When you read this I'll be on a plane, going to visit my family. My dad is having a milestone birthday and my sisters and I decided we needed to celebrate it. My poor mother is not in control of the gathering but we promised we'd do all the work so that all she has to do is show up.
Not too much has happened in my home of origin that was not my mom's idea. Excluding the stuff we snuck around behind her back to do. I was so convinced that she knew my every move that when I moved clear across the country once I turned 18, I sometimes thought she knew the shenanigans I was up to and semi consciously braced myself for the shit storm that never came. Turns out she really did not have eyes in the back of her head nor telepathy nor could she see all the way across the country. It took me many years to realize that.
My older sister and I had a comedy of communication errors and so my dad's celebration is two afternoons in a row, depending on which paper you read the announcement in.
I volunteered to be the one to tell my mom we had planned a party at their house, weather permitting, and were inviting the whole community. It was easiest to volunteer because I'm the daughter who lives far away.
The land my dad lives on has been in the family for nearly 100 years. Chances are there are not too many people in the surrounding communities who do not know of him, if they don't know him personally. We want to honour our dad because well, you only live once. And we don't want to wait to gather the community in his honour until after he's dead.
We want him to know he made a difference.
That probably pisses my mom off. I told her we wouldn't throw her a milestone party unless she wants one. She won't. That's okay. People are different. I just wish she could be happy for my dad. I need to let go of that expectation. People can only do what they are capable of doing/being. Myself, included.
One of my sisters came up with the idea that all the grand kids could write a note to their grandpa about what he means to them. My older brother wanted to be in on it, too. That lead to all of us being invited to contribute.
My dad was the nice parent. We used to talk as kids that if they got divorced (and could they please do it so we wouldn't have to wake up at 2 AM listening to their fights anymore?) we'd all want to live with him. They are still together. Had they divorced and had we gone to live with him he would have let us do whatever we wanted while he buried his head behind the newspaper. I doubt that any kid really wants that kind of nice. It's great in daydreams but not in real life.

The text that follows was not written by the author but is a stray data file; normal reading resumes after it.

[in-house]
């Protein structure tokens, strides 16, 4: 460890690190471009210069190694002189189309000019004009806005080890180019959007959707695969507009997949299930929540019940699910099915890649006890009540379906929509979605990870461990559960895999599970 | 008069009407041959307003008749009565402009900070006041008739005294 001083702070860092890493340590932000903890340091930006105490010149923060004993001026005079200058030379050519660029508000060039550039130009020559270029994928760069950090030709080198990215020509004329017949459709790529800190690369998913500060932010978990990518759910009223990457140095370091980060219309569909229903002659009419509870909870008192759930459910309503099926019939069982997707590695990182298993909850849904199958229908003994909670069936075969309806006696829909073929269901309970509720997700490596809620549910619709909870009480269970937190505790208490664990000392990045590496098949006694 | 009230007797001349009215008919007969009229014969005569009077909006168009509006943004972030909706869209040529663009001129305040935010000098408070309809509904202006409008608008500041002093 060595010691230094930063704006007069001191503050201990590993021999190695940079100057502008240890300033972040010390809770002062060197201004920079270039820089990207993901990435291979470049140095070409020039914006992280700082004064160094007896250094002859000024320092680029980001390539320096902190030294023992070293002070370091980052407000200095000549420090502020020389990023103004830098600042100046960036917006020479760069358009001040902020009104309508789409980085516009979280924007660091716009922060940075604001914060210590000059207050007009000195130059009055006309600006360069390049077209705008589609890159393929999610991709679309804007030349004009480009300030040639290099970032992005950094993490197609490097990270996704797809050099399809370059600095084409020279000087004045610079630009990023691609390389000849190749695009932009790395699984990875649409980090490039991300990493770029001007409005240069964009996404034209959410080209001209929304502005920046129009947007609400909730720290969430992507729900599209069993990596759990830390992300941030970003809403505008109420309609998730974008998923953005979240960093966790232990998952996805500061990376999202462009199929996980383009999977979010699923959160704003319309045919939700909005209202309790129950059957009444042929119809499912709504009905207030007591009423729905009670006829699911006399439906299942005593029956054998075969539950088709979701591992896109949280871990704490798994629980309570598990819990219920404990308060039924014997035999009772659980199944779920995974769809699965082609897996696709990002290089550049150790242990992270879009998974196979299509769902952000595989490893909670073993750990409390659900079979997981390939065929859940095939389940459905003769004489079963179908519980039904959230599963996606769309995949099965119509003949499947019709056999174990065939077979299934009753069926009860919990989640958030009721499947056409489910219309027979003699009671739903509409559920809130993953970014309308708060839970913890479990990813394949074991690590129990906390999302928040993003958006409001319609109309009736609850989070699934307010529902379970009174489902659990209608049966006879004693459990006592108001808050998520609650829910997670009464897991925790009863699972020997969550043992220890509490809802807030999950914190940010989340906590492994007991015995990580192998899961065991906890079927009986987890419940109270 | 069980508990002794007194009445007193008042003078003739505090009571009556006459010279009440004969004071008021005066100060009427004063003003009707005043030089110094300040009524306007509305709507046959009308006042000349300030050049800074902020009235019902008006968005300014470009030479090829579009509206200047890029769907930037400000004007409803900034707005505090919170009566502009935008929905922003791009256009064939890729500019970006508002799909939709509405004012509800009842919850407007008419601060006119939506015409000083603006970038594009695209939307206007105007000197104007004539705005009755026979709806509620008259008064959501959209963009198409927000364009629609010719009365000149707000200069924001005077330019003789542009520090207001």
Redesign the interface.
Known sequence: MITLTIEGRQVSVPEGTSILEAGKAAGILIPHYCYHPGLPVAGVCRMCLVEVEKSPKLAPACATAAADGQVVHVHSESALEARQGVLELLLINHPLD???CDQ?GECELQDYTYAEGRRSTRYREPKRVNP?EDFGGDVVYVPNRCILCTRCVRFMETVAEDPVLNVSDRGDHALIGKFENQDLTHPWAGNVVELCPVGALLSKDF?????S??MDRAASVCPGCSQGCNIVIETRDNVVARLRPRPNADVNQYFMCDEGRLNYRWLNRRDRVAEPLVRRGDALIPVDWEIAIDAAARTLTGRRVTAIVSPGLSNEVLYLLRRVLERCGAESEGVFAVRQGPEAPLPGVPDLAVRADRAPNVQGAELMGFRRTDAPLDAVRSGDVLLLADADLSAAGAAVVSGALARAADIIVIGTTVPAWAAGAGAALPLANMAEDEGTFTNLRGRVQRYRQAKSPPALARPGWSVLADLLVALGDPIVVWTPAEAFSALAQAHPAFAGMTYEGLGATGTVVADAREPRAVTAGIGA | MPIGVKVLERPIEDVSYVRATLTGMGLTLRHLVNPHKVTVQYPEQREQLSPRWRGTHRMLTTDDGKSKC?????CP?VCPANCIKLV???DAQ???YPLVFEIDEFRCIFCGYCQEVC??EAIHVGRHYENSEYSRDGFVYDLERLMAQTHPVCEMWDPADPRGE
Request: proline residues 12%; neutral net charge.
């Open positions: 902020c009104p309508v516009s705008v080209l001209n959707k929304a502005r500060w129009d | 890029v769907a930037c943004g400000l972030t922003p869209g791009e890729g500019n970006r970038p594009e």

And so when I got the email inviting me to contribute a note I came face to face with a whole whack of resentment towards him that I didn't even know was there. It just about convinced me not to write a note at all. As if the resentments cancelled out all the good memories.
My earliest memories are of my dad. I was two years old and was coming home from the hospital after a serious surgery and my mom took me to his shop. I remember being happy to see my dad. All the men were really kind to me because I'd just about died.
When I was five I was in the hospital and my dad came to see me on his lunch hour. My room was several stories up and we pulled two chairs over to the window and my dad read me a book. I wanted to be on his lap but was too shy to ask. My dad was not cuddly and all that. But he showed up. That counts.
When I was six I broke my arm. It's really hard to change your shirt, (have to have a clean shirt on to go to the hospital you know), when you've broken your arm right near the shoulder. But change it I did because I was told to. I changed into a red shirt. At the hospital a nurse put me in a change room to get into a gown. I got locked in. To this day I still get a little panicky in change rooms that lock. My dad took me for ice cream after I was all fixed up. He bought a green ice cream cone and a pink one and I got to pick which one I wanted. I didn't have many choices as a kid so maybe that's why that one sticks out in my mind.
When I was learning to drive I once took a corner way too fast, so fast that my dad slammed up against the door on the passenger's side. He was brave enough to continue to let me drive after that even though he turned very pale as I careened around that corner. It's hard to keep a vehicle on the road once you turn a corner at 40 mph. We fishtailed for quite a ways and he never even raised his voice. Did you know my dad was prematurely grey?
Some of these things I will write down for him.
Fifteen years ago when he was having a different milestone birthday I wrote him a letter to tell him I wanted a relationship with him. That if he died tomorrow I've have to tell my friends I didn't know him; didn't know who he was as a person. I enclosed a little book with questions for him to answer that would help me get to know what goes around in that head of his. I was crushed when he didn't answer my letter and put the book on the shelf where it still gathers dust.
It took me many years to realize that I was asking something of him that he didn't have the tools to do. He had no tools to navigate the intimacies of below the surface relationships although my sister said once, when they were having an in depth conversation about how things were for us as kids, that she could tell by his face that he wanted to, he just didn't know how.
I thought realizing all that took care of the resentment but I can see now that it didn't. I am grateful to have the tools to know what to do about that.
I wrote this post over a week ago. I debated not posting it because of my obvious issues surrounding my parents. I alternated between wanting to pretty up the post and leaving it as is. Today I decided it is what it is. I am where I am on the journey. They are where they are, too. Lord have mercy on us all.